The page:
Argus II

Like the Alpha IMS and BVA’s bionic eye, the Argus II relies on the patient’s optic nerve being intact.

The Argus II System converts video images captured by a miniature camera housed in the patient’s glasses into a series of small electrical pulses that are transmitted wirelessly to an array of electrodes that are placed epiretinally on the surface of the retina. These pulses aim to stimulate the retina’s remaining cells, and in doing so, create the perception of patterns of light in the brain. The patient learns to interpret these visual patterns and as a result, regains some visual function.

According to a paper published in the British Journal of Ophthalmology, some of the blind subjects fitted with the Argus II were able to consistently identify letters and words using the retinal implant, indicating reproducible spatial resolution. This, in combination with stable, long-term function of the device, represents significant progress in the evolution of artificial sight.

“These lasting results are very exciting, and add to the ever increasing data supporting the benefit of the Argus II,” noted Robert Greenberg, MD PHD, President and CEO of Second Sight Medical Products. “We have people approaching six years of use with Argus II. The long-term benefit is one of several features that differentiate the Argus II from other efforts around the world and was a significant factor in gaining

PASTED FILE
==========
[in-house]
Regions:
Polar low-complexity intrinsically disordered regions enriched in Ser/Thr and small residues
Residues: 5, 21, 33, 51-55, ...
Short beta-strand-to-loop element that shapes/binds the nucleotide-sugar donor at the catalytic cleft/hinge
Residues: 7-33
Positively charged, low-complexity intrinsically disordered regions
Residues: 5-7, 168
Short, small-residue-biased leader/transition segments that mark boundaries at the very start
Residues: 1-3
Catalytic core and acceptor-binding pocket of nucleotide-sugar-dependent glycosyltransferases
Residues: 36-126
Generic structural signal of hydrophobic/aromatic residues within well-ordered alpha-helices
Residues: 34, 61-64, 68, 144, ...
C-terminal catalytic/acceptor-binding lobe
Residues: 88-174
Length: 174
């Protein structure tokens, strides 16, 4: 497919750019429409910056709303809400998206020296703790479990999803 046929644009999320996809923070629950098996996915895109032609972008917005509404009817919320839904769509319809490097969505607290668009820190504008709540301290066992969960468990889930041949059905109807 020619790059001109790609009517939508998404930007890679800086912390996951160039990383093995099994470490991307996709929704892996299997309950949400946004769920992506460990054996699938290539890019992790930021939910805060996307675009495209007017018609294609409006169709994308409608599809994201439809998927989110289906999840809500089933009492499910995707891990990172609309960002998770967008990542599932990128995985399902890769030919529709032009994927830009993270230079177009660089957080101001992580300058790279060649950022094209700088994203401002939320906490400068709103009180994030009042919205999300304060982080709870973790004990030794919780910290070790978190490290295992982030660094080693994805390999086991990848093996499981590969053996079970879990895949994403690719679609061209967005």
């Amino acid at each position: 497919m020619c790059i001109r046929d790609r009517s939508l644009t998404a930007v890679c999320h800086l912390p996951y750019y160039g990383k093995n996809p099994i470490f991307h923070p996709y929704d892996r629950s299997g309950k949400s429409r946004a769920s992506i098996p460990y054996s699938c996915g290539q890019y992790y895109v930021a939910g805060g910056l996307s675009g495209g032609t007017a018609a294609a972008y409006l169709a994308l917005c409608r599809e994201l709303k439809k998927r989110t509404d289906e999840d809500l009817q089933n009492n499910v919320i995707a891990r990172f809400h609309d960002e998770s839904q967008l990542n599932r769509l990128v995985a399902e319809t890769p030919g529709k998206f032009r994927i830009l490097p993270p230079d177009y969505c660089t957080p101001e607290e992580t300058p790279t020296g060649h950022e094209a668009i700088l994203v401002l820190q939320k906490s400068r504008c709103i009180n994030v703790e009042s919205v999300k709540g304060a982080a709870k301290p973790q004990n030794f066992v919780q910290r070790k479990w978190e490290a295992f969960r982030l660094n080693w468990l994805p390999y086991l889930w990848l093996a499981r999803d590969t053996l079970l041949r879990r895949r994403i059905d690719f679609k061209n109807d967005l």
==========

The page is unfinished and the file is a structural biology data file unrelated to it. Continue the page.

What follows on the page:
FDA approval.”

Study results showed that the percentage correct letter identification for the 21 subjects tested was: 72.3 per cent with system on and 17.7 per cent with system off. A subgroup of six subjects was able to consistently read letters of reduced size, the smallest measuring 0.9 cm (1.7°) at 30 cm. A further group of four subjects correctly read two-, three- and four-letter words with 75 per cent accuracy (two letter words) – 58 per cent accuracy (four letter words). Control data confirmed that subjects could not achieve these tasks if the system was disabled, or if the spatial resolution provided by the eye chip was artificially scrambled.